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2009 Transportation Bill

Construction Industry and Green Group Join Hands on Clean Diesel

Clean diesel engines, which expel less emissions and get better mileage than conventional counterparts, are benefiting from a lobbying campaign by auto companies. And environmental advocates have come to the table, agreeing with the construction industry on a plan to convert highway construction equipment to clean diesel.

south_ferry_tour.jpgA clean-diesel excavator at work in New York City. (Photo: EPA)

The accord between the Clean Air Task Force and the Associated General Contractors was first reported in today's Greenwire: 

The groups want the [next long-term transportation] legislation to authorize states torequire diesel emissions reductions at construction sites and to coverthe cost of retrofitting or re-powering equipment manufactured to meetearlier emissions standards.

The proposal would not alter the bidding process forcontractors hoping to land federally funded transportation projects,and any additional costs of the emissions-savings measures would becovered by federal funding.

Federal fundsto reimburse contractors for any increased costs they incur would comefrom an existing federal air-quality program, the Congestion Mitigationand Air Quality Improvement Program.

On its face, the deal sounds promising. Exhaust from older, dirtier diesel engines contains more than 40 separate toxic contaminants, according to California state air regulators, but diesel emissions standards have been strengthened at a far slower rate than those for conventional autos.

Moreover, providing government funding to help convert diesel highway equipment -- thus ensuring the construction industry doesn't foot the bill -- has paid off in California, known for its ahead-of-the-curve approach to air pollution.

But using funds from the Congestion Mitigation and Air Quality (CMAQ) program to pay contractors for converting their engines risks depleting a crucial source of aid for clean transportation. The set of "Clean Construction Principles" [PDF] endorsed by the industry and environmentalists states that "Congress should set aside a significant percentage of the funding it has historically provided for the CMAQ program" to pay for a move to clean diesel.

In the recent past alone, CMAQ money has helped avert transit service cuts in the Bay Area, paid for new buses in Las Vegas, and expedited work on a new bicycle and pedestrian trail in Indiana. If Congress takes money away from the program for clean-diesel construction, would the "funding it has historically provided" be increased to keep investing in sustainable transport?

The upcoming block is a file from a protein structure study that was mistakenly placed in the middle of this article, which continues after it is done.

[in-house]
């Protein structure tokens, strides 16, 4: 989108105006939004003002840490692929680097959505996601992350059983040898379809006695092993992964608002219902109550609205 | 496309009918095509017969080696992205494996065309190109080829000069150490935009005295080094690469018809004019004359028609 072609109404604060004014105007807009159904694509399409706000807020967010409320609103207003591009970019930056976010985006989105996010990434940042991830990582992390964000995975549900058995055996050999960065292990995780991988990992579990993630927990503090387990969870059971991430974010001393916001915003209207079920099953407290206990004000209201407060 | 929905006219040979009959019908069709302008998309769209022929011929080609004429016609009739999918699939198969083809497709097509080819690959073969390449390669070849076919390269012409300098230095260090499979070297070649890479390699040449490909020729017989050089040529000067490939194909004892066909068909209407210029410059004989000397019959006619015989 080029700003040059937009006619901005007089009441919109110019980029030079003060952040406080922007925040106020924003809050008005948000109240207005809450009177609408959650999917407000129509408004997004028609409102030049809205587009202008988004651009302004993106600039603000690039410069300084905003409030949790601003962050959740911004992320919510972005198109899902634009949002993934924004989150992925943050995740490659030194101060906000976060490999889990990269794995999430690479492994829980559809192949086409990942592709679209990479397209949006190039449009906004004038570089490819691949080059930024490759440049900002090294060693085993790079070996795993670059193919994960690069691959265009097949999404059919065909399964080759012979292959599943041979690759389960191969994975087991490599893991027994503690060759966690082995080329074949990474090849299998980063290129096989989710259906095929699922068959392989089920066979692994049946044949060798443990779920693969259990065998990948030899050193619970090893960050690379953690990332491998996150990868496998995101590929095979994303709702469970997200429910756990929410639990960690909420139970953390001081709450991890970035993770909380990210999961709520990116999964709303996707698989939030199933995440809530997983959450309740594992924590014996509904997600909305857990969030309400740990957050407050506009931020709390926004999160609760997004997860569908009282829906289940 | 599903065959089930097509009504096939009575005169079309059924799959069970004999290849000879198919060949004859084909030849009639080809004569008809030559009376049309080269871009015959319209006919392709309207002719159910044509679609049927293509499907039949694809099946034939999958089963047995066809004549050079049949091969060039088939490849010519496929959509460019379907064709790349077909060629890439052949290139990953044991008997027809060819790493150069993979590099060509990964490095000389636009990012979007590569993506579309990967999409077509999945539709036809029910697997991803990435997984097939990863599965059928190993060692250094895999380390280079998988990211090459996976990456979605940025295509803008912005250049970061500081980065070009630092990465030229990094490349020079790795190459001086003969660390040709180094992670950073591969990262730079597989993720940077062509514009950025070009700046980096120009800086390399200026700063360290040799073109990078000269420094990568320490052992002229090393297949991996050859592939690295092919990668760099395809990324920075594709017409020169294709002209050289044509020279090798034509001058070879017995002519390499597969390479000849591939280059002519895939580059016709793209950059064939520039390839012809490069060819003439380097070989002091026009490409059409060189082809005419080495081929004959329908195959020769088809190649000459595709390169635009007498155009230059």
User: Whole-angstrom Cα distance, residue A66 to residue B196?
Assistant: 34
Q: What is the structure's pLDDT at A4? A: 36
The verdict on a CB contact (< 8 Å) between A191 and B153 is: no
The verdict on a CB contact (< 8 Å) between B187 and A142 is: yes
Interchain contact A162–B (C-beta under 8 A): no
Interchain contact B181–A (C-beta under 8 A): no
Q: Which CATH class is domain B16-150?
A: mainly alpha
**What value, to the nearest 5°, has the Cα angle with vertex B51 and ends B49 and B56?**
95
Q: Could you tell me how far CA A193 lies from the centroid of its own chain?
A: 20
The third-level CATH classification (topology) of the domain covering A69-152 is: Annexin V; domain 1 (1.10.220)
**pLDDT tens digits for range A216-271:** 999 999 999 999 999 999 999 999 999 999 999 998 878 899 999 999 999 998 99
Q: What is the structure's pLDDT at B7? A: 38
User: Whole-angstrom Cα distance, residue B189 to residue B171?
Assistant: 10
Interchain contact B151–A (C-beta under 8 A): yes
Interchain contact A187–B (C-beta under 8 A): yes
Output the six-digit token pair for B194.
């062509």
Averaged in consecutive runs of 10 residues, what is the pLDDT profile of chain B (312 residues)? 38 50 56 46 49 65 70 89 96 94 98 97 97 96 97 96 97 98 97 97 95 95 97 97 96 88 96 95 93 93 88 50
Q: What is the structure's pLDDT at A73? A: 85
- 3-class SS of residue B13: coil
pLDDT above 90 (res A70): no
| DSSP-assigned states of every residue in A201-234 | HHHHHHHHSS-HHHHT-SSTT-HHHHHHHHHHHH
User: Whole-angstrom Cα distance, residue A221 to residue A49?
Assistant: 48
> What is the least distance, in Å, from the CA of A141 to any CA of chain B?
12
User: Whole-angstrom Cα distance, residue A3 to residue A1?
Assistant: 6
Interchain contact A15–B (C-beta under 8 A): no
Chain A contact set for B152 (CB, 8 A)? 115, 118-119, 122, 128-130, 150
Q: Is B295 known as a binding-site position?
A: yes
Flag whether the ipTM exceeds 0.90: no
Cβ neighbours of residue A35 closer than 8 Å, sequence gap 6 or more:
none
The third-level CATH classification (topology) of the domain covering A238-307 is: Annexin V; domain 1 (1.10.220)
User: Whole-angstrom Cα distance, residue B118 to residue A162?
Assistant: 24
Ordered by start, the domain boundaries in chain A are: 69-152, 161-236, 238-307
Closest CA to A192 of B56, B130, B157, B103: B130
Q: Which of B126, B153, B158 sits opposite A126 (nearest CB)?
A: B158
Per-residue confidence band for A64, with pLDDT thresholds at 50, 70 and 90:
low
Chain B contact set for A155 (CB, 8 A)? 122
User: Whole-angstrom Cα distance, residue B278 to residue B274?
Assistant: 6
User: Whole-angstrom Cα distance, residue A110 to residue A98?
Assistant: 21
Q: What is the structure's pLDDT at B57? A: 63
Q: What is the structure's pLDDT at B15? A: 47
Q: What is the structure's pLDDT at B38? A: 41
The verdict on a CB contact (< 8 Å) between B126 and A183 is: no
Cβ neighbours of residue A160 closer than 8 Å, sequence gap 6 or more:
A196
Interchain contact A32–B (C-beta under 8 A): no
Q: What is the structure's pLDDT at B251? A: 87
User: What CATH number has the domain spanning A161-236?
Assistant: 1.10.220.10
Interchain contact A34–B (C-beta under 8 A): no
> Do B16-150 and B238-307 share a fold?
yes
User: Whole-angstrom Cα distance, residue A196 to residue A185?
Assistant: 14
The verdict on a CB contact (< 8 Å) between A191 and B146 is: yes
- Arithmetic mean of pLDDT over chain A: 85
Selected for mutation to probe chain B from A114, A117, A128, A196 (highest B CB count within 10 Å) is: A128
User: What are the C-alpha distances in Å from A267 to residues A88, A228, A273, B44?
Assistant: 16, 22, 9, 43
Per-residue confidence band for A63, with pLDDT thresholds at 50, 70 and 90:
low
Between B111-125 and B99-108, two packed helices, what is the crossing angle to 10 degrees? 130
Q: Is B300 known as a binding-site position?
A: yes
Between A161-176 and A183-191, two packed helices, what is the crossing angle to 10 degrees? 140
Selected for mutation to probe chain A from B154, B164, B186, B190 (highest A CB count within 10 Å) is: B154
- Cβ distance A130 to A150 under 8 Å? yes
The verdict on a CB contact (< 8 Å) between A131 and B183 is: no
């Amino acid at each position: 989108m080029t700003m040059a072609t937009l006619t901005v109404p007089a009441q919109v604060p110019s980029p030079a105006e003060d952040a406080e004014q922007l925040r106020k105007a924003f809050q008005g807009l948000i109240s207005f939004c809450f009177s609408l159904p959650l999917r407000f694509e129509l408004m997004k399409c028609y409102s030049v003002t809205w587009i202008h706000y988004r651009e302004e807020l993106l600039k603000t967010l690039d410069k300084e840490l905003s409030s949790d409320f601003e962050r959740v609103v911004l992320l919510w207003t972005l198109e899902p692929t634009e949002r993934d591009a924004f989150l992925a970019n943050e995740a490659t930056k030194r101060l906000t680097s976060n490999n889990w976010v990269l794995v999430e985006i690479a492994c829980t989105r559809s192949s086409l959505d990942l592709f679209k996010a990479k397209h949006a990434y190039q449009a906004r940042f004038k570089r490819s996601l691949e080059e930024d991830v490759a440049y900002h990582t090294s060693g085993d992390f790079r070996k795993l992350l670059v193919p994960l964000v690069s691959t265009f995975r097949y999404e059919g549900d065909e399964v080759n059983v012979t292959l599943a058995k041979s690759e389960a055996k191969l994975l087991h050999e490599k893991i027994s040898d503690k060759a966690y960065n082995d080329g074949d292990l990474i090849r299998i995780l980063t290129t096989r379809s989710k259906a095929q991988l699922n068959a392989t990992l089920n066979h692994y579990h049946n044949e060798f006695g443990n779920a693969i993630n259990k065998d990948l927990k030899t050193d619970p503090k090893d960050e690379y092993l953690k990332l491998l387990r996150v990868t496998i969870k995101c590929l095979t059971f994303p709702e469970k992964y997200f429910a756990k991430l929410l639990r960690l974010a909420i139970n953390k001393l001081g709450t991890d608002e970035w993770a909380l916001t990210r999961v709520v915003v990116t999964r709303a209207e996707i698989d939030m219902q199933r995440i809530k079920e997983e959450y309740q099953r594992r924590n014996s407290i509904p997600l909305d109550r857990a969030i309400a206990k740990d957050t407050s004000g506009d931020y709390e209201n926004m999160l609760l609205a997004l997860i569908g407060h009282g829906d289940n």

Late Update: Conrad Schneider, advocacy director of the Clean Air Task Force, said in an interview that his group would not be amenable to diminishing clean transportation funds to pay for diesel conversions. The "Clean Construction Principles," he noted, also suggest that Congress dedicate new money for cleaner-burning construction.

"CMAQ wouldn't be the first place we'd want to look," he said, "but if that was the only way to make
this program happen, we would want to see additional incremental money [for the program]."

The clean-diesel cause also has attracted significant support from House Democrats. In a letter spearheaded by Rep. John Hall (D-NY) last month, 55 Democrats urged leaders of the transportation committee to preserve public health by requiring road construction equipment to emit less pollution. The group wrote:

Today, more than 88 million Americans live in counties that violate federal health standards for fine particulate pollution. Therefore it should come as no surprise that pollution from diesel construction equipment poses a health threat to people across the country, communities large and small and project workers alike. ...

To address this problem, we request that transportation projects built with federal funds minimize any adverse impact on a community's air quality. This would mean requiring that construction vehicles working on federally funded transportation projects use a diesel particulate filter which can virtually eliminate a diesel engine's fine particulate emissions. If the construction equipment slated for use on a job does not already meet this level of control, we request that the [long-term federal transportation bill] include funding to pay for these filters.

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